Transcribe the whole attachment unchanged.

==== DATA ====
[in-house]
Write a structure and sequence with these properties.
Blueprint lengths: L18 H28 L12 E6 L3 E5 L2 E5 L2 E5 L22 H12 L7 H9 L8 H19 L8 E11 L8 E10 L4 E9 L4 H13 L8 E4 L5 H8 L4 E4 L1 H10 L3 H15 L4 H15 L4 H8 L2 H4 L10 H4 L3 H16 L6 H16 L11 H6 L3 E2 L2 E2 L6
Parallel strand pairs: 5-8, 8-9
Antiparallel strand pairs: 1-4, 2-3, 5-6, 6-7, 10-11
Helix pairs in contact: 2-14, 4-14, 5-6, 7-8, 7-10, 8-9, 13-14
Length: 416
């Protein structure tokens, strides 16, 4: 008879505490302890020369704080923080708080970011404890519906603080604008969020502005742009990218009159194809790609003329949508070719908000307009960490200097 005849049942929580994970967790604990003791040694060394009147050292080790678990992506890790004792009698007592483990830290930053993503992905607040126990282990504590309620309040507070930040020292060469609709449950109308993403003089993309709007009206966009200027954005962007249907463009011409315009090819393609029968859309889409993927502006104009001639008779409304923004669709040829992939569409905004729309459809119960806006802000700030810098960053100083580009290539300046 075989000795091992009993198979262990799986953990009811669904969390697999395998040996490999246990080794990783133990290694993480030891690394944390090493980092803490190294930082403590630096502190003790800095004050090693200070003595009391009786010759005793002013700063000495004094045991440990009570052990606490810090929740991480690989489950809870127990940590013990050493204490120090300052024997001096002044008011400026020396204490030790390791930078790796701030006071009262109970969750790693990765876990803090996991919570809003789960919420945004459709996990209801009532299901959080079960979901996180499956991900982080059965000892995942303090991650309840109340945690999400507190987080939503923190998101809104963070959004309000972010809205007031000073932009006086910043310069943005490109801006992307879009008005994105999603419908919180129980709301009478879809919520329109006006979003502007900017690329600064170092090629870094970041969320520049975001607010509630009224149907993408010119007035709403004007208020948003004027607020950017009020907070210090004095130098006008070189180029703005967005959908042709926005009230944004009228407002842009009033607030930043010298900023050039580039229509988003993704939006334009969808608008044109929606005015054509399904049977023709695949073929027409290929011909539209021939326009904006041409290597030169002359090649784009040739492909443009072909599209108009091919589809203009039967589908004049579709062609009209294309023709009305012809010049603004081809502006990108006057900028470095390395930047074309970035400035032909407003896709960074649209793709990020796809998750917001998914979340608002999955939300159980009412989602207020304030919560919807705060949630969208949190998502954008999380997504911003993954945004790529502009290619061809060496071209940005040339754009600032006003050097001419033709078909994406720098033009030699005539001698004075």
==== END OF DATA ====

[in-house]
Write a structure and sequence with these properties.
Blueprint lengths: L18 H28 L12 E6 L3 E5 L2 E5 L2 E5 L22 H12 L7 H9 L8 H19 L8 E11 L8 E10 L4 E9 L4 H13 L8 E4 L5 H8 L4 E4 L1 H10 L3 H15 L4 H15 L4 H8 L2 H4 L10 H4 L3 H16 L6 H16 L11 H6 L3 E2 L2 E2 L6
Parallel strand pairs: 5-8, 8-9
Antiparallel strand pairs: 1-4, 2-3, 5-6, 6-7, 10-11
Helix pairs in contact: 2-14, 4-14, 5-6, 7-8, 7-10, 8-9, 13-14
Length: 416
């Protein structure tokens, strides 16, 4: 008879505490302890020369704080923080708080970011404890519906603080604008969020502005742009990218009159194809790609003329949508070719908000307009960490200097 005849049942929580994970967790604990003791040694060394009147050292080790678990992506890790004792009698007592483990830290930053993503992905607040126990282990504590309620309040507070930040020292060469609709449950109308993403003089993309709007009206966009200027954005962007249907463009011409315009090819393609029968859309889409993927502006104009001639008779409304923004669709040829992939569409905004729309459809119960806006802000700030810098960053100083580009290539300046 075989000795091992009993198979262990799986953990009811669904969390697999395998040996490999246990080794990783133990290694993480030891690394944390090493980092803490190294930082403590630096502190003790800095004050090693200070003595009391009786010759005793002013700063000495004094045991440990009570052990606490810090929740991480690989489950809870127990940590013990050493204490120090300052024997001096002044008011400026020396204490030790390791930078790796701030006071009262109970969750790693990765876990803090996991919570809003789960919420945004459709996990209801009532299901959080079960979901996180499956991900982080059965000892995942303090991650309840109340945690999400507190987080939503923190998101809104963070959004309000972010809205007031000073932009006086910043310069943005490109801006992307879009008005994105999603419908919180129980709301009478879809919520329109006006979003502007900017690329600064170092090629870094970041969320520049975001607010509630009224149907993408010119007035709403004007208020948003004027607020950017009020907070210090004095130098006008070189180029703005967005959908042709926005009230944004009228407002842009009033607030930043010298900023050039580039229509988003993704939006334009969808608008044109929606005015054509399904049977023709695949073929027409290929011909539209021939326009904006041409290597030169002359090649784009040739492909443009072909599209108009091919589809203009039967589908004049579709062609009209294309023709009305012809010049603004081809502006990108006057900028470095390395930047074309970035400035032909407003896709960074649209793709990020796809998750917001998914979340608002999955939300159980009412989602207020304030919560919807705060949630969208949190998502954008999380997504911003993954945004790529502009290619061809060496071209940005040339754009600032006003050097001419033709078909994406720098033009030699005539001698004075």